Ukraine says Russia stoking tensions ahead of EU summit


BRUSSELS: Ukraine accused Russia of stoking tensions across their borders on Thursday as the United Nations (UN) Security Council and European leaders held emergency talks to try to resolve the conflict.

OSCE monitors are expected in Crimea in a mission to defuse the tensions.

The EU summit in Brussels starts at 10:30 local time, when leaders will meet with Ukraine’s Prime Minister Arseniy Yatsenyuk who took over after former pro-Moscow President Viktor Yanukovych fled to Russia last month following three months of deadly protests.

Kiev wants a political solution so “it depends on Russia [if]it is ready to fix this conflict . . . or is Russia reluctant and [wants]to increase tension, as they did in the past few hours,” Yatsenyuk said after meeting European Parliament head Martin Schulz.

Ahead of the summit the EU froze assets held by 18 Ukrainians accused of embezzlement, including the ousted Yanukovych and his son Oleksandr, and some member states were talking about further political and economic sanctions against Russia.

US Secretary of State John Kerry will hold a second round of talks with his Russian counterpart Sergei Lavrov, as well as EU foreign ministers later Thursday and the UN Security Council will hold talks in New York, the body’s fourth consultations on the subject since Friday.

As the EU confers, 40 unarmed international military personnel from the Organization for Security and Co-operation in Europe (OSCE) were to arrive in Ukraine’s flashpoint Crimea region for an inspection.

Russian forces seized the rugged peninsula over the weekend saying the rights of ethnic Russians were in danger in a move condemned by the international community and Ukraine as an “aggression.”

Inside Ukrainian bases in the region, nervous soldiers were standing their ground, refusing to surrender or hand over their weapons, but in most cases clearly not ready to hold off a full-out Russian assault.

“Of course we are worried, anything can happen. It’s a very dangerous situation,” said Lydia Kuzminichna, a 72-year-old running errands in the regional capital Simferopol.

Highlighting the strains on the ground, UN special envoy to Crimea Robert Serry was forced to cut short a visit when he was confronted by unidentified gunmen on Wednesday, but was to return to Kiev soon, according to the UN.

Serry, who had been sent to the region by UN chief Ban Ki-moon, was confronted by armed men after visiting the Ukrainian naval headquarters in Crimea’s capital Simferopol, he told CNN television.

Prevented from returning to his vehicle, Serry said the men said they “received orders . . . to bring me immediately to the airport” although they declined to say from whom.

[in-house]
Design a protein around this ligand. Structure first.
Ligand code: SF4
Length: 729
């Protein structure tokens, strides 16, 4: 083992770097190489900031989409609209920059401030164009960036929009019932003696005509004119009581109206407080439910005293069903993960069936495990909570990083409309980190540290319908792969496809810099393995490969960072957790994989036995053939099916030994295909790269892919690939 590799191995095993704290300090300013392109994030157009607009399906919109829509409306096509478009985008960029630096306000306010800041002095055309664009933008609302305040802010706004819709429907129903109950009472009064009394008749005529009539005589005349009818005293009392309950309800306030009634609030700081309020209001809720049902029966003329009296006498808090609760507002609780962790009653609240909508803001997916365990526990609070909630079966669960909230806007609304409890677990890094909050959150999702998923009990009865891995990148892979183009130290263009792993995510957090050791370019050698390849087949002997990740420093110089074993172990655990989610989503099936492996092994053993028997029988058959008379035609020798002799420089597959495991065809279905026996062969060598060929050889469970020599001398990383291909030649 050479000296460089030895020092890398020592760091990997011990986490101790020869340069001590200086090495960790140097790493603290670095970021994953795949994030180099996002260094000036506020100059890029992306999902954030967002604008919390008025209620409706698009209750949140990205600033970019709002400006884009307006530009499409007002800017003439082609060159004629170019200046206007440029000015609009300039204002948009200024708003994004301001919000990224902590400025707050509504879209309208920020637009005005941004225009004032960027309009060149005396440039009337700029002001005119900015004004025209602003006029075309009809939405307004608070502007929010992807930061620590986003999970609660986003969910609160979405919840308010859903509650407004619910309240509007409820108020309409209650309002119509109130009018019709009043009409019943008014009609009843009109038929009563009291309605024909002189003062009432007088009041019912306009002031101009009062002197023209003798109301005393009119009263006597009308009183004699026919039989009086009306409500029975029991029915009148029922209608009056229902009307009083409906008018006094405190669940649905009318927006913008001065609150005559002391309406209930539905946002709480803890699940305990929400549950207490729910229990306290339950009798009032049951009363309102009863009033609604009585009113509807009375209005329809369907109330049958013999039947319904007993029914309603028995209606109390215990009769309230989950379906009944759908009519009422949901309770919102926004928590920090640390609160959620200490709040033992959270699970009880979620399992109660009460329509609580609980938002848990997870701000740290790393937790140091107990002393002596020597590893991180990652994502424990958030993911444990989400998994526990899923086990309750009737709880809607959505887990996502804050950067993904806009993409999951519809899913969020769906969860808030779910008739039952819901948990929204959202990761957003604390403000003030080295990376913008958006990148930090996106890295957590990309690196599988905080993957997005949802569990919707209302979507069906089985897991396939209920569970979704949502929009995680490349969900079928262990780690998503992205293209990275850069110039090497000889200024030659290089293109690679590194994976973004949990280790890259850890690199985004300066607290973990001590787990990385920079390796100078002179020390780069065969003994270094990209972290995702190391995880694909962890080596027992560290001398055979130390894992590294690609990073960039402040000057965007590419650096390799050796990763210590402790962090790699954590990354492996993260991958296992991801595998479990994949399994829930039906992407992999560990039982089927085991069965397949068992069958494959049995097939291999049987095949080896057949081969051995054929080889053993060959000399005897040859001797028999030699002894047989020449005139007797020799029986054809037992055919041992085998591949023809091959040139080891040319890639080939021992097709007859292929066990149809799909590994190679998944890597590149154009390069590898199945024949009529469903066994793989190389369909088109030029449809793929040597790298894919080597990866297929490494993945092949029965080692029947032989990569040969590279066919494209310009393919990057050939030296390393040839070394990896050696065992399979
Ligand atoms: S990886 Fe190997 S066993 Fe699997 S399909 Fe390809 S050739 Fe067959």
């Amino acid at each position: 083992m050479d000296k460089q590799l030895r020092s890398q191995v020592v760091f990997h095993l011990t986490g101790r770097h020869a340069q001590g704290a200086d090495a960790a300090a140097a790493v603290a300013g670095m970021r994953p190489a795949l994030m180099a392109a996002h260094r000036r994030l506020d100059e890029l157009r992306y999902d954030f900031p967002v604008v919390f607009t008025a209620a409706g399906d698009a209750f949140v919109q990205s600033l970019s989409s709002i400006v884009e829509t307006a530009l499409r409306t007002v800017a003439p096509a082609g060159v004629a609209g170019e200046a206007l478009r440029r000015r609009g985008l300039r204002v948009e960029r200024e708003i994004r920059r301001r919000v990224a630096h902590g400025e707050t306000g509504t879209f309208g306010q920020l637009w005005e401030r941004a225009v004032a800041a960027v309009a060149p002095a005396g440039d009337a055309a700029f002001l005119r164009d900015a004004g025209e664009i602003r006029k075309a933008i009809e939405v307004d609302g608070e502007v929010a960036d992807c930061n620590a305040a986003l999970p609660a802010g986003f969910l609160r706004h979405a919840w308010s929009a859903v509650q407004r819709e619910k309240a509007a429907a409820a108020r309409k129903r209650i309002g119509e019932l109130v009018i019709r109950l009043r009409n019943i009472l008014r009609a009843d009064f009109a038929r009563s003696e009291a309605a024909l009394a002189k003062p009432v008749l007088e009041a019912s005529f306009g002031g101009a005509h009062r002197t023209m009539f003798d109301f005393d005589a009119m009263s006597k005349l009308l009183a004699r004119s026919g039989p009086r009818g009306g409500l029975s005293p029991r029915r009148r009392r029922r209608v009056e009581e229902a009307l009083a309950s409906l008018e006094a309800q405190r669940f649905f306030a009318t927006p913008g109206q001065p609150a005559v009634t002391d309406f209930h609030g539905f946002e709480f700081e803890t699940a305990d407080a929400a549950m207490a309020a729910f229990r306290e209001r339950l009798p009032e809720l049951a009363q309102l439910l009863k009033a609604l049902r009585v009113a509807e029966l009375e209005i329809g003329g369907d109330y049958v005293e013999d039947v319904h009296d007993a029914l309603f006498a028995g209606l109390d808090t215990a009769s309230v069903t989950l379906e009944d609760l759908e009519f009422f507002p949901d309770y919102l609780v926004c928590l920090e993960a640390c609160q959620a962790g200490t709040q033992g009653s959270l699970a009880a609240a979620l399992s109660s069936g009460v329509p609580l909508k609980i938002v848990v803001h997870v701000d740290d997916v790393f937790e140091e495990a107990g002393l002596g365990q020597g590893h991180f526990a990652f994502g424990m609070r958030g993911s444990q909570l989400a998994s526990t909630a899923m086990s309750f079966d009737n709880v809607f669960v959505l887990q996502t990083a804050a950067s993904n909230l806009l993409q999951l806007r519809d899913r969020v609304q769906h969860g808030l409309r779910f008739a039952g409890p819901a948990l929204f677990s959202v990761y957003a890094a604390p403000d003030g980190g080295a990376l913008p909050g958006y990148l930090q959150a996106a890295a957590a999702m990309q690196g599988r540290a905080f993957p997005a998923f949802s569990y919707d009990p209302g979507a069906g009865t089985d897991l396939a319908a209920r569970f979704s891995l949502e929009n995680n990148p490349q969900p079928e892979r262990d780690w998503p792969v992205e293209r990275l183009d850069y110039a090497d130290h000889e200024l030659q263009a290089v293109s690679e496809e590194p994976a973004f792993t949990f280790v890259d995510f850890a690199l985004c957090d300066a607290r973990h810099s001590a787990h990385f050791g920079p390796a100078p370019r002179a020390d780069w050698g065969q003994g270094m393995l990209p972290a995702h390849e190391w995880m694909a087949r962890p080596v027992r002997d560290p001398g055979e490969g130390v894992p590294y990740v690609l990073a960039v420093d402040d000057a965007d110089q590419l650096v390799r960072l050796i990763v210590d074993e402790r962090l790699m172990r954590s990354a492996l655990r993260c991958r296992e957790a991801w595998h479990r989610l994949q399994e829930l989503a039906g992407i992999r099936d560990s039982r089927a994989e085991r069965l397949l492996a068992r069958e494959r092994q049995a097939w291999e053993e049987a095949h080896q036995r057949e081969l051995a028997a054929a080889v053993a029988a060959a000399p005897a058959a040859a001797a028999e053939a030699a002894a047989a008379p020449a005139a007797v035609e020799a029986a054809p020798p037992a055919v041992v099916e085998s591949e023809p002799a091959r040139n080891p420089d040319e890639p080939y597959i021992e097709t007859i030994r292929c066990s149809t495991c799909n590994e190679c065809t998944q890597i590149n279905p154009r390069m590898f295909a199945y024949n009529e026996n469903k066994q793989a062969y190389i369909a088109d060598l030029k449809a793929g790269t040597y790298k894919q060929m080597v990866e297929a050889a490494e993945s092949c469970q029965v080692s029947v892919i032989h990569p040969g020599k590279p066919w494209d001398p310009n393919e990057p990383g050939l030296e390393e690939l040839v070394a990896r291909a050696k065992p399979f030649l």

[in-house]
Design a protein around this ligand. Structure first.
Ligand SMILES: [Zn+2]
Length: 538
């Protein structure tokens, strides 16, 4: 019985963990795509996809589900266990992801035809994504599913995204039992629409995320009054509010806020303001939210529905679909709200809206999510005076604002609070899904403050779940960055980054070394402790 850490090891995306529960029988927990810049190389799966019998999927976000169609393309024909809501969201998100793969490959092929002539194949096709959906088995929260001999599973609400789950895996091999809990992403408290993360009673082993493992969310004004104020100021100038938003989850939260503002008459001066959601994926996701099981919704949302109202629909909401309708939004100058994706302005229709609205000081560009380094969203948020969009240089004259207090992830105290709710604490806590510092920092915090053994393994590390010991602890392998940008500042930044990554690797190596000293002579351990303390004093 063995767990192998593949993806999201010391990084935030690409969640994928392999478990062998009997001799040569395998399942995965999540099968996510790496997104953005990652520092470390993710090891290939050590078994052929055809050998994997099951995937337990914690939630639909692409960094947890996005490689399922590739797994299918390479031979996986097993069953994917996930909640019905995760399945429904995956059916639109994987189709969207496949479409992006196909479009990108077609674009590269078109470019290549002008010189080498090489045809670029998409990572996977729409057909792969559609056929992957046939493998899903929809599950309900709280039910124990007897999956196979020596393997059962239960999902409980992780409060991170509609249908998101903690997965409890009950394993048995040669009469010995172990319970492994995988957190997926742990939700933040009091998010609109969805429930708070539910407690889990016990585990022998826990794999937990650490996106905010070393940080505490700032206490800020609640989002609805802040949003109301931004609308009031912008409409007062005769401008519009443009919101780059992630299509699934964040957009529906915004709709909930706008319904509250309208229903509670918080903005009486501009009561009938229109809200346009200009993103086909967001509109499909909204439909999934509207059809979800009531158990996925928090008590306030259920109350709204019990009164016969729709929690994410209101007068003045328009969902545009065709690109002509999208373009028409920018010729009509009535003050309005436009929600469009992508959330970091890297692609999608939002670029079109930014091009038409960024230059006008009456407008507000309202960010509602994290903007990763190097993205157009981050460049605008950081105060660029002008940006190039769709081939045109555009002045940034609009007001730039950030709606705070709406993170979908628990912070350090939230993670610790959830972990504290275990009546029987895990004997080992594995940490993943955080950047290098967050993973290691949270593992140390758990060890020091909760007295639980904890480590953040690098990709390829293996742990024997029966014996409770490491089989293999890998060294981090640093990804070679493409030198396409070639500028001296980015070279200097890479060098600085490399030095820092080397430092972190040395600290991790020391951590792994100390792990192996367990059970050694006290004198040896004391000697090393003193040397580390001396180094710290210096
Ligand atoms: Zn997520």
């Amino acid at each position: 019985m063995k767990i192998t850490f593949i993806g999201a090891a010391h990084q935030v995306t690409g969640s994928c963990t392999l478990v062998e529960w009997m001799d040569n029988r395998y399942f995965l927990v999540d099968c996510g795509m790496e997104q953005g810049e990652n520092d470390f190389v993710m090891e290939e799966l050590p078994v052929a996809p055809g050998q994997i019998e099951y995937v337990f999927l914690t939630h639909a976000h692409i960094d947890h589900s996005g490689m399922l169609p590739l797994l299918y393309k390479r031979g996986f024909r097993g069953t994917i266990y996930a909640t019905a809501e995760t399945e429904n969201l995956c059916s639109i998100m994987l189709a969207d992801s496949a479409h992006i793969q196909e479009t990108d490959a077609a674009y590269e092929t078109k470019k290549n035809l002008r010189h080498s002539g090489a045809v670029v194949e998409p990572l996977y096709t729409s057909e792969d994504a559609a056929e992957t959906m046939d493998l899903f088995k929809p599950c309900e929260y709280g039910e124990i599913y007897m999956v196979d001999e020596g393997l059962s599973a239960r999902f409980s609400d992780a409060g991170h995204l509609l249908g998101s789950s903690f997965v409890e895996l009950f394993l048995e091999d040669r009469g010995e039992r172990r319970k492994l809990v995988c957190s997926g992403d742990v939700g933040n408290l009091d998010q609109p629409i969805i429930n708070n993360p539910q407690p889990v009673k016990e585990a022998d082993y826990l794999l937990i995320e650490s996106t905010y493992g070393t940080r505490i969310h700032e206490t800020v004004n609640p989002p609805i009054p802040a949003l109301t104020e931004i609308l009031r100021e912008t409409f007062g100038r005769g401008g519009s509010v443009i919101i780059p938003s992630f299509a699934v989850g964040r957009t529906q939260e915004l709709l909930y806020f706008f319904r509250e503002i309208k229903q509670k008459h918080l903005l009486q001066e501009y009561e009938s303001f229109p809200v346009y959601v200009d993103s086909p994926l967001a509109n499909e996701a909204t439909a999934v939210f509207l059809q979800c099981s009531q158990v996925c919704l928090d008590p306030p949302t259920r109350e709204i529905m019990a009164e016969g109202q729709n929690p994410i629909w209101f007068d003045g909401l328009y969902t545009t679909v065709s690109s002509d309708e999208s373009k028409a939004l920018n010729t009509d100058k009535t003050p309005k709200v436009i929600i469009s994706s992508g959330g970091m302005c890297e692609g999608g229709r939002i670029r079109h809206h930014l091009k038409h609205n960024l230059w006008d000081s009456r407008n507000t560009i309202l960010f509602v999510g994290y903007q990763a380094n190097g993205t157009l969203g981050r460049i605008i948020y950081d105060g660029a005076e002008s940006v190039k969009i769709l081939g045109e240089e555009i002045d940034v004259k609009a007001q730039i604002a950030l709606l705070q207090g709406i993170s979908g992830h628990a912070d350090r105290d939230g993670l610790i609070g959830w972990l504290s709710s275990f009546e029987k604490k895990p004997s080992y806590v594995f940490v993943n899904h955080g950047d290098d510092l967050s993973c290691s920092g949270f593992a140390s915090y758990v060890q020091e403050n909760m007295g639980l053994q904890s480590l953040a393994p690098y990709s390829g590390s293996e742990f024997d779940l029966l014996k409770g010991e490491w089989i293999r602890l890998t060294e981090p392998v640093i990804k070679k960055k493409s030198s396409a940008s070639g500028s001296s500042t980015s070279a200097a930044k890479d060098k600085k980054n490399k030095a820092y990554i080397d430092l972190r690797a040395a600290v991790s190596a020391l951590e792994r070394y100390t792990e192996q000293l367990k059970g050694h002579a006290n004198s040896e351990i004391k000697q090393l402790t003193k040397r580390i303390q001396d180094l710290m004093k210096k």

“They said it was in my own safety. I refused and a standoff ensued,” he added, saying at one point his driver was pulled from the car.

Serry sought refuge in a local cafe with his assistant to phone the mission and then after a tense two-hour standoff, he was driven to the airport and boarded the first flight out of the region — to Istanbul.

Pro-Russian forces also entered and took over parts of a Ukrainian missile base on Wednesday in the latest such incident on the peninsula, while a Ukrainian court ordered the arrest of Crimea’s newly installed pro-Russian Prime Minister Sergiy Aksyonov for separatism.

Violent protests have also broken out in cities in mainly Russian-speaking eastern Ukraine, where several regional government buildings have been taken over by pro-Russian
militants who have clashed with police.

But Kerry said he was hopeful of a “de-escalation” in the standoff after meeting Lavrov on the eve of the EU summit.

Western leaders have increased diplomatic pressure on Russia, with some threatening to boycott the G8 summit in Russia in June and NATO saying it will review a series of accords with Moscow.

Pentagon chief Chuck Hagel said Wednesday that the United States will bolster military cooperation with Poland and Baltic states to show “support” for its allies following Russia’s intervention in Ukraine.

The moves to expand aviation training in Poland and step up the US role in NATO’s air patrols over Baltic countries were clearly designed to reassure alliance partners in Central and Eastern Europe following alarm at Russia’s actions in Crimea.

More stringent sanctions against Russia have been mooted but their prospect is seen as unlikely, at least for now.

“The logic is to get out of the crisis, not sanctions,” said a source from the entourage of French President Francois Hollande who will discuss the situation with British Prime Minister David Cameron, German Chancellor Angela Merkel and the 25 other European Union chiefs in Brussels.

The priority for the EU is to strengthen the near-bankrupt former Soviet republic and its fledgling government.

The European Commission on Wednesday announced a massive aid plan of “at least 11 billion euros [$15 billion],” although France said money should only be disbursed after elections in Kiev planned for May 25.

The US House of Representatives will vote Thursday on authorizing an aid package for Ukraine.

Meanwhile a US-based anchor for the Russia Today television network resigned live on air in protest at the deployment of Russia-backed forces in Ukraine.

Liz Wahl said during a broadcast that she could no longer work for a Moscow-funded network, which she accused of “whitewashing” the actions of Russian President Vladimir Putin.



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